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Gaining Management Support

Content management systems and translation memory: creating management buy-in

Peter Argondizzo
Argo Translation, Inc.

Your department is faced with tighter deadlines, more products in the pipeline, staff reductions, an expanded list of standard languages for a typical release as well as pressure from management to reduce your translation budget. Most of you have probably faced one or all of these challenges. 

A good place to start would be the thorough investigation of a Content Management System or CMS. This article will focus mainly on the benefits offered by a CMS relative to the translation effort. The principal goal of this article is to give you a strong case for the implementation of a CMS.

This article will cover four main advantages of using a CMS in your translation workflow.

1. Write once, translate once

The principal catalyst is the ability to reuse text or eliminate entire blocks of content from each translation project. A CMS will allow you to author content once and reuse it many times. Obviously this will save valuable writing time and dollars. Sounds appealing. Let's make it a bit more appealing.

Let's build a scenario as an example. This technical publications department publishes their documentation in a core set of 14 languages. We will also assume that the department authors about 3,000 English pages per year. Let's use the round number of 250 words per page totaling a word count of 750,000 total words. If you are publishing documentation for mature product lines, one could expect about 30% to 65% reuse or what is often called 100% or exact matches in the translation industry. Now let's further assume that all prices per language are equal and that 100% matches cost the department approximately $0.07/word for editing and final review. What could a CMS implementation save the company in this scenario?

Total words published per year 750,000 words

Cost for 100% matches: $0.07/word

Assumed % of words that would fall under 100% match criteria: 30, 40, 50, 65


Words eliminated

Dollars saved per language

Total (14 languages)

















Quite compelling isn't it? What if you could completely eliminate chunks of content across your standard language set? Every bit of reused content would be eliminated in terms of the cost of the translated text. Do you have data relative to how many 100% matches your documentation is generating per year? If not, try and gather this data from your translation vendor so you can perform a similar analysis relative to your group.

2. Reduce time to market

Reuse of your text will also shrink your timelines. The ability to reuse text will allow you to translate only new blocks of content reducing translation turnaround time. This will also allow you to get your product to market much faster. A good CMS workflow will reduce post-translation desktop publishing to almost nothing further reducing cost and reducing the timeline required to complete translations of your content.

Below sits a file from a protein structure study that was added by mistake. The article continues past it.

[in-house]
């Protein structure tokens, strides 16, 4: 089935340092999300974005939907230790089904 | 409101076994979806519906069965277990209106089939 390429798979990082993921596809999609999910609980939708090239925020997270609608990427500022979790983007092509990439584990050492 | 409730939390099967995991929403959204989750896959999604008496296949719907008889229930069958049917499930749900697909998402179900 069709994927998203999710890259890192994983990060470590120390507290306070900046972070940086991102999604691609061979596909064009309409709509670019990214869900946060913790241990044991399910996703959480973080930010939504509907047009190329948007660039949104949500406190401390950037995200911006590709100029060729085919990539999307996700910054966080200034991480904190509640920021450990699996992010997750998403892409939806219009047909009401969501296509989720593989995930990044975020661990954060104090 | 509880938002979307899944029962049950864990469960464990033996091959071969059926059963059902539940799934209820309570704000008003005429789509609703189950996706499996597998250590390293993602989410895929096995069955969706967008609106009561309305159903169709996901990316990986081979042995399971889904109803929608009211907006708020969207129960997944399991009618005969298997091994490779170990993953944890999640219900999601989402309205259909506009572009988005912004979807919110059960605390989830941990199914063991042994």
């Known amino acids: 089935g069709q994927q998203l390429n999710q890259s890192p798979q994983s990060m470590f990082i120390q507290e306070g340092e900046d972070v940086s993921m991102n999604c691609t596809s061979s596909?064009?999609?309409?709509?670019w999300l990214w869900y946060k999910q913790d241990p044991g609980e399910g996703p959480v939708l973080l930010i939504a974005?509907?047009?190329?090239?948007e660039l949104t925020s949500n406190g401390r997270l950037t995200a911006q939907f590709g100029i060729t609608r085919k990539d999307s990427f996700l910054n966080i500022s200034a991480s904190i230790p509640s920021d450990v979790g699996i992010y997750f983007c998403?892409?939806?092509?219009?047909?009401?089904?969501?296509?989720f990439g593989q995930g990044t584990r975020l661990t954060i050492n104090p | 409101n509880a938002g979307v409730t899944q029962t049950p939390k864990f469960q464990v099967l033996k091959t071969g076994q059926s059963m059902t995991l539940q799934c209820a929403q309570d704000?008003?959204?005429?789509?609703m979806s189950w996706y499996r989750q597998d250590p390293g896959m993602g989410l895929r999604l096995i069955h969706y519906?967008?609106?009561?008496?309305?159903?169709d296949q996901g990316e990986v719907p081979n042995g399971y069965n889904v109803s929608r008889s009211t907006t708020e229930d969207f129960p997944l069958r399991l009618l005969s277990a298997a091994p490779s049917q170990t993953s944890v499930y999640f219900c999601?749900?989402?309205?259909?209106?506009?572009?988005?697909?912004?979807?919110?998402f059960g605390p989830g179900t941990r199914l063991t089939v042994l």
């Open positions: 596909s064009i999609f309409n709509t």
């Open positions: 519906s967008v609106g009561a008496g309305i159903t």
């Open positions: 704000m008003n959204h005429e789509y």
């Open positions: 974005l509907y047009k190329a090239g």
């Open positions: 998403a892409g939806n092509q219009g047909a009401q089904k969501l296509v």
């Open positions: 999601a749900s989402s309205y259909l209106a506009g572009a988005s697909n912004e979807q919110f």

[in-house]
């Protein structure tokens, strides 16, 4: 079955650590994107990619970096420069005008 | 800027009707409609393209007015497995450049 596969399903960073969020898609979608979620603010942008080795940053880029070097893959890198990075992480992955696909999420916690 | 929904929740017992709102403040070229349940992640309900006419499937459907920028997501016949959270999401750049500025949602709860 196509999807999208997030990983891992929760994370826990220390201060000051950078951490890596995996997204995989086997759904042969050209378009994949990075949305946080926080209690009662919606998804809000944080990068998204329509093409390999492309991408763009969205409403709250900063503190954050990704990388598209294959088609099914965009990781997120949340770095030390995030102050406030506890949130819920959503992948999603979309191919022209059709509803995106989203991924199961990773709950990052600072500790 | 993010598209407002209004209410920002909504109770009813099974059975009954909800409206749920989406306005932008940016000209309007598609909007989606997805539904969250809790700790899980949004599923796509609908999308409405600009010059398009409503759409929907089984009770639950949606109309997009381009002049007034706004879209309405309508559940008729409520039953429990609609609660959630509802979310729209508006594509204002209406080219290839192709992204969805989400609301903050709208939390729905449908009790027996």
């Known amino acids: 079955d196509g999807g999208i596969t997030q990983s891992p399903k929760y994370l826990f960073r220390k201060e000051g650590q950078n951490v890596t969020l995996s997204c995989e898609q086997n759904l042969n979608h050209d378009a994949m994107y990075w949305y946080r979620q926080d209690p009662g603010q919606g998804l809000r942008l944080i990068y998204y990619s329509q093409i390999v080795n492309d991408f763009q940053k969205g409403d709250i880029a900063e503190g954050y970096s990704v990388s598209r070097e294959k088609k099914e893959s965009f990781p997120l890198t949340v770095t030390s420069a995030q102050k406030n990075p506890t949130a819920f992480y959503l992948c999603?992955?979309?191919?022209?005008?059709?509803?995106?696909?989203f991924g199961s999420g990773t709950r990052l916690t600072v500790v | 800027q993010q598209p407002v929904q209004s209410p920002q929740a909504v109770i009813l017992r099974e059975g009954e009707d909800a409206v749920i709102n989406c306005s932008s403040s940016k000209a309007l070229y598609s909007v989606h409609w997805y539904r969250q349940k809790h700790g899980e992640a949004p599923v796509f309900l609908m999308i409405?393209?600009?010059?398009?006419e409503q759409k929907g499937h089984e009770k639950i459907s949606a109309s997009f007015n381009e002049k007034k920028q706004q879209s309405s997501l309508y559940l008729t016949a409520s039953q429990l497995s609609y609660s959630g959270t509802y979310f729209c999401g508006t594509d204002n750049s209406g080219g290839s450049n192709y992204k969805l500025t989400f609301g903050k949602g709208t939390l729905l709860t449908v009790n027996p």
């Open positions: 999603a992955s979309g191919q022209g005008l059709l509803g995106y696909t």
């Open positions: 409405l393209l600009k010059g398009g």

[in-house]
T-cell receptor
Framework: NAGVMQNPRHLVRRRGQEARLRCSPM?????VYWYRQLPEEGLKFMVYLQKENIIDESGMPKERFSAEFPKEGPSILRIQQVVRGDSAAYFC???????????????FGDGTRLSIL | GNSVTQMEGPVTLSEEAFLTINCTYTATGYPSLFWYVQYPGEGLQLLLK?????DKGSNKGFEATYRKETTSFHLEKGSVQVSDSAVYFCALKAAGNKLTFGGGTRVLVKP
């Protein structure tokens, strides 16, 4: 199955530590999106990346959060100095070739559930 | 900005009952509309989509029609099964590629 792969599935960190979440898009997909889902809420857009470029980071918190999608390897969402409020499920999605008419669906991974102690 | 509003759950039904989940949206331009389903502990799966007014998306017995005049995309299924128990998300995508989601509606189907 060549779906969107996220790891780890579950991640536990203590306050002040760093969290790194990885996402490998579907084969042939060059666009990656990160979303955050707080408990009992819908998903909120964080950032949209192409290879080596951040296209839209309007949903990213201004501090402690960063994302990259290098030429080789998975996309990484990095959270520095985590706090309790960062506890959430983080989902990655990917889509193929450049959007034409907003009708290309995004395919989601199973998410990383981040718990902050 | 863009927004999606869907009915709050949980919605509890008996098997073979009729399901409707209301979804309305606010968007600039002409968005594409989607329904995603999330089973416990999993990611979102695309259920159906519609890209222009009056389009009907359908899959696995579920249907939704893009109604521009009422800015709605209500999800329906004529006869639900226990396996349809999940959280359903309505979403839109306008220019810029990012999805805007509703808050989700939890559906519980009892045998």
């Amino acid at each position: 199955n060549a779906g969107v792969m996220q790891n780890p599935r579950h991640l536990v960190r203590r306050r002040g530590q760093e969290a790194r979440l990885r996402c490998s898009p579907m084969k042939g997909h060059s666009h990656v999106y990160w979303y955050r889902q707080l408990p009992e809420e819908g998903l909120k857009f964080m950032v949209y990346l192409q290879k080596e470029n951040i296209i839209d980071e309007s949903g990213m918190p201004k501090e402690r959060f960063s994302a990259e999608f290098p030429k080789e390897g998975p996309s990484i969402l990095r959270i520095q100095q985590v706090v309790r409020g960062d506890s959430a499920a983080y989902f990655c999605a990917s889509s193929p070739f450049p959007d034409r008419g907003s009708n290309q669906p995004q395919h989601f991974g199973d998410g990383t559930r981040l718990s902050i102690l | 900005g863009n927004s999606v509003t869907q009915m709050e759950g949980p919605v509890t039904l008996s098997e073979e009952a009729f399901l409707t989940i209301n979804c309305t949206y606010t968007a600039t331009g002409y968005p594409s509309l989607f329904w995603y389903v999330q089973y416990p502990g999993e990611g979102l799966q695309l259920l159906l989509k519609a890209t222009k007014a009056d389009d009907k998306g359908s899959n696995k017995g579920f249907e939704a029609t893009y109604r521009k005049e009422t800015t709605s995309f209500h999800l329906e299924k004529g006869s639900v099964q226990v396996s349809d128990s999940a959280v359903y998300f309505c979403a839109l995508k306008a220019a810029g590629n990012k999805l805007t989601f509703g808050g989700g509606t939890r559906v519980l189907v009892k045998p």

Desktop publishing can be a large part of most translation budgets. The use of a CMS will reduce this effort dramatically. Building an example to illustrate savings from reduced desktop publishing is a bit more difficult. Desktop publishing rates vary depending on the complexity of the documents, the language, the program being used, and the number of graphics and how they are placed into the document, etc. These factors make building a generic example difficult. However, it might be best to take a look at your entire budget for desktop publishing of translated manuals and consult with your CMS vendor or consultant to come up with an appropriate discount factor. One of our clients has been able to reduce their desktop publishing budget by 87%.

Once a CMS is implemented a "push-pull" workflow can be created between your content authors and your translation vendor. A "push-pull" will allow your writers to "push" content in manageable blocks, perhaps by chapter or major topic, to your translation vendor. This will allow the vendor to begin the translation process before the actual completion of the entire document.

Upon completion of the translation and editing, the translation vendor can place the translated blocks back on your server. This workflow will allow for an earlier start to the process assisting in meeting tighter deadlines. This will also allow the project manager or lead writer to better track progress on the translation process.

Post completion processes like regulatory affairs approval and peer review can be simplified if only new text is required for review. This could be especially valuable in an environment with heavy regulatory demands.

3. Consistency

Not having to rewrite and retranslate identical sets of content will create greater consistency across your document set while further reducing the completion time of the final document. This consistency improves the quality of your documentation set.

4. Broader pipeline of documents/products

The benefits from having a CMS embedded in your translation workflow will allow you to translate or publish more documents. Perhaps there were never enough resources to devote to Service Manuals, On-Line Help or additional Quick Start documents. Having the ability to repurpose blocks of text from the principal or key documents related to a product into other ancillary documents with little impact to your timelines or budgets is a reality with a CMS.


These four advantages together should assist you in making a case for the investment in a CMS and the proper consulting. The implementation of a CMS is definitely a journey and not a quick fix. Please be sure to have all of your managers, writers, desktop publishers and translation vendors on board for testing and feedback during the implementation.

Copyright 2005, The Rockley Group, Inc.